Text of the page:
“What’s this one?”
“Tekagi sokkou, it is used to climb a tree, also to beat the enemies”
“Nekode, as well as tekagi, it is used as a climbing device, also as a weapon”
“Sokkou, same as the last two”
“Tekken, means iron fist”
“Kakushi, put it on as a ring and sting into the enemy’s flesh”
“Tessen, Iron Fan”
“Doku ire, poison containers and blow guns”
“Kakushi tenouchi, I think they are usually hidden in the sleeves”
” Touki, climbing device”
“Shikoro, a kind of saw”
“Makibishi, iron caltrops to penetrate the thin soles of the waraji sandals, which used to be worn alot at the time”
“Shuriken, ninja throwing star”
“Nunchaku, probably you know what it is?”
“Metsubushi, blinding powder. One says with walnuts, another says with eggs in it”
“Shinobi Kayaku and uchitake to do nohi, gun powder in a bamboo tree”
I’m very entertained by everything in the ninja museum, however my enthusiasm isn’t shared by Sachiko. Her reaction is quite, “Meh”, so it seems we’ve balanced our books in terms of mutual misunderstanding for the day.
After we exit the ninja museum, it’s time to enter the ninja house which my Rough Guide describes as, “great fun, with a maze of hidden doors and staircases that is fiendishly difficult to find you way out of”.
What’s not to get excited about?!
We have to leave our shoes at the lobby and we’re told, “No Pictures”. I guess they don’t want us exposing any of their secrets to the outside world. There’s no sign stating you must be under 12 years old to enter, so I eagerly push through the entrance.
The first room resembles a large open plan office, but with above head-height black partitions. We’re completely boxed in, with no clue about how to advance. We quickly figure out how to slide one of the partitions aside, and we progress to the next little box, where we’re confronted with another apparent dead-end. There’s a succession of these little compartments, and no order to which direction we proceed, or whether it’s a sliding, hinging, lifting, or pushing partition. Our progress is slow and plodding, trial and error.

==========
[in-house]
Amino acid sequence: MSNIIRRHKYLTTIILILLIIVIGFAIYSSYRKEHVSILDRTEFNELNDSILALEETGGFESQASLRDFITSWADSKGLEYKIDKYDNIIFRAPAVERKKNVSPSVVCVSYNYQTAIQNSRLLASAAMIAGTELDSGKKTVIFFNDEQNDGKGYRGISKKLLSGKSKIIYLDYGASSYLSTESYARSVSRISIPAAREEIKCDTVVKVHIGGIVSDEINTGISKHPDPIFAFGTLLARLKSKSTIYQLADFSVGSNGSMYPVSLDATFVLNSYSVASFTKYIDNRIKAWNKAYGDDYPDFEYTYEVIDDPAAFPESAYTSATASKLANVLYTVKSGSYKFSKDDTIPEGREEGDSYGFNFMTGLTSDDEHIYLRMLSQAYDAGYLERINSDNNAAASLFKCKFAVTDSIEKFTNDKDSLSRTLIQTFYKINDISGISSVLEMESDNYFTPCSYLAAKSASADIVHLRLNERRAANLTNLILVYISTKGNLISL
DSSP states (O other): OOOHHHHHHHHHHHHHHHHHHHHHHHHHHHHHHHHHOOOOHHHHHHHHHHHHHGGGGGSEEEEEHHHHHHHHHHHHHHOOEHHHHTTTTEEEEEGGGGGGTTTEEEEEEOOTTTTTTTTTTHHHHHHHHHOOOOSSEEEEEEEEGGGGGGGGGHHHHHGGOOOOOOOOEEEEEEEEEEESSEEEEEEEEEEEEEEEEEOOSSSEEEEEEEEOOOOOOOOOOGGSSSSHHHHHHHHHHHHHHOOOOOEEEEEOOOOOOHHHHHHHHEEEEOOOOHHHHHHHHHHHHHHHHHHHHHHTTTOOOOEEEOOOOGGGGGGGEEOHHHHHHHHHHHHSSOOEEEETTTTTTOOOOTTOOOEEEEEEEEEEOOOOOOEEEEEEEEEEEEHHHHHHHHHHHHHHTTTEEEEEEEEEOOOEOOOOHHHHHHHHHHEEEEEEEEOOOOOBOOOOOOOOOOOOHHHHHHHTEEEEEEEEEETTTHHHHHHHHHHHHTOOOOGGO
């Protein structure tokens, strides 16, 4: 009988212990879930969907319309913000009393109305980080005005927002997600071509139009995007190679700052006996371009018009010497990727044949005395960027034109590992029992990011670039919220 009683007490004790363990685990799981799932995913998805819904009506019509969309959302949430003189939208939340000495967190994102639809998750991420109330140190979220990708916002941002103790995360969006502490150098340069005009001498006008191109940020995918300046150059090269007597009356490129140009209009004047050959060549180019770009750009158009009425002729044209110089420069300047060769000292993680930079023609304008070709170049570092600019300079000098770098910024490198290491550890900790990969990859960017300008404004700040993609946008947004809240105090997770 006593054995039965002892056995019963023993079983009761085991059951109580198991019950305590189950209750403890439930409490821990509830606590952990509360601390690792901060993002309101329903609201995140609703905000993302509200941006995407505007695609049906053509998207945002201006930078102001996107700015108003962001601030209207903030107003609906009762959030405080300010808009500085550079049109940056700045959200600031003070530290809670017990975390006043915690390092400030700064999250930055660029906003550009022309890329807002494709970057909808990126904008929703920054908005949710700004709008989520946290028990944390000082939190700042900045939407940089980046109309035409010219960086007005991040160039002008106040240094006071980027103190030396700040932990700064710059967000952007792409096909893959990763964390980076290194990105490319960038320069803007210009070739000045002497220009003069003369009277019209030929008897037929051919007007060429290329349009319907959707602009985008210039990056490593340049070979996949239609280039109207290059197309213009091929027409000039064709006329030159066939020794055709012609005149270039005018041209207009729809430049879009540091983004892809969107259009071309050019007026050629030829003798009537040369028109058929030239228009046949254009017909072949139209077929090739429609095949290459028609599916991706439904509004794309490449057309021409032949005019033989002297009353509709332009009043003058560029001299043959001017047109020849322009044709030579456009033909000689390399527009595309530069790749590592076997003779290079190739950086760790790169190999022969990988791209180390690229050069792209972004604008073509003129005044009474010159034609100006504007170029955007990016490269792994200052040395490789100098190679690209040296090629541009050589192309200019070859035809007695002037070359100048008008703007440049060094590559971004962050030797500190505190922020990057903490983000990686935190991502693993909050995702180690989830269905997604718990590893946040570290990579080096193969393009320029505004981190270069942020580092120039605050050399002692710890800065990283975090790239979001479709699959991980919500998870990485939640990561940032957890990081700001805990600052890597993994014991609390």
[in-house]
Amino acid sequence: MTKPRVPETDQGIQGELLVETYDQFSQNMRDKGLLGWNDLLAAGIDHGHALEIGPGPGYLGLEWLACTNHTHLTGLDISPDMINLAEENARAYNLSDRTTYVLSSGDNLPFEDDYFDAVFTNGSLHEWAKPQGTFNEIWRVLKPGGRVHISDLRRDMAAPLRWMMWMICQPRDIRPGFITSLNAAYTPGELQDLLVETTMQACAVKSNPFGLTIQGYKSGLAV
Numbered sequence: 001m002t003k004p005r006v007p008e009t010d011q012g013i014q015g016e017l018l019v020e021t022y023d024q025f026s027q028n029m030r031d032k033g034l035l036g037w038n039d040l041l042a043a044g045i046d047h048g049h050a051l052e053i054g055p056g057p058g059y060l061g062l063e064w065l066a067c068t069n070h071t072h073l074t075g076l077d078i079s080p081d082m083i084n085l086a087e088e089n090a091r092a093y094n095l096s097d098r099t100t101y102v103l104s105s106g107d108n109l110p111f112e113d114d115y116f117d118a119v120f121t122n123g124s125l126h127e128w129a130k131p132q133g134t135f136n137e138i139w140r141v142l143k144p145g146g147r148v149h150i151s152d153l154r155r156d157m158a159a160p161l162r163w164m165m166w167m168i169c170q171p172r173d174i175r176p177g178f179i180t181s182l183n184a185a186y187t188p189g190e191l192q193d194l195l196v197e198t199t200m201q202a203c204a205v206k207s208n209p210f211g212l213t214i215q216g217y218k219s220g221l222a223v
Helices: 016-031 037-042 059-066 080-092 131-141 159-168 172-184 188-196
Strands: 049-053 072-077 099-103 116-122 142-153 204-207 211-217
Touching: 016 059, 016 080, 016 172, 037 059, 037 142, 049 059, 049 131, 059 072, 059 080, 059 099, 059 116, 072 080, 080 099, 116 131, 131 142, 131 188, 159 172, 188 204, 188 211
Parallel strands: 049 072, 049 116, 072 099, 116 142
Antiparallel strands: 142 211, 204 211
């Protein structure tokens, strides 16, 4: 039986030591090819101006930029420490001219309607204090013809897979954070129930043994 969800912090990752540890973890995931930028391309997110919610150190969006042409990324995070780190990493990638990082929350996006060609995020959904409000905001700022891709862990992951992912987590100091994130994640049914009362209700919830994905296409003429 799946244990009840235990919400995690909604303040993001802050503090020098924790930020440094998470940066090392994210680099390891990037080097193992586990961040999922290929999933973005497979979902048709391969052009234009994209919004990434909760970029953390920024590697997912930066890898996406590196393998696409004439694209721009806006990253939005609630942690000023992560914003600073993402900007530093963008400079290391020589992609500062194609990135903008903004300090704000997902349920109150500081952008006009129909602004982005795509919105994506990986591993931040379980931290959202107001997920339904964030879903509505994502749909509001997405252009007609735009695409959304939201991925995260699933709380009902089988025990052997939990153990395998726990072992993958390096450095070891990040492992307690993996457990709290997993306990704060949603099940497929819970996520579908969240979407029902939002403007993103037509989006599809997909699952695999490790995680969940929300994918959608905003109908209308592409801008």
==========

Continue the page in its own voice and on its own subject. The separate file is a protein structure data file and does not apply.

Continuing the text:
We advance into a large room with a few minimal props (fireplace, a wall hanging, a standing mirror). Again, it’s not clear what to do, but eventually we figure it out, suffice to say we press, poke and pull at every prop and wall panel until we find the exit from the room. Each subsequent room has a similar puzzle before the exit, which could be left, right, up or down, can be found. Thankfully we don’t encounter any shuriken throwing enemy ninjas or a big formidable boss, with whom we must do battle.
A fun highlight is after we’ve advanced along a passage at the far end of the house, and entering a room at the corner, find that the room has a steeply sloping floor to the exit at the opposite corner. The floor of tatami mats is very slippy (we’re in our socks) and the orientation of the room makes everyone surprisingly nauseous. It’s very surprising that a mere slanting floor, which is at odds with its surroundings, is enough to make us feel ill.
“Kimochi warui” (unwell), chant all the Japanese.
We scramble, claw, grapple and eventually successfully scale the mats.
Outside, there are a few props we play around in.
Okay, okay, only I play around….
Finally, we pose as ninjas.
Then we break for some lunch, before starting the route up to Tokagushi shrine.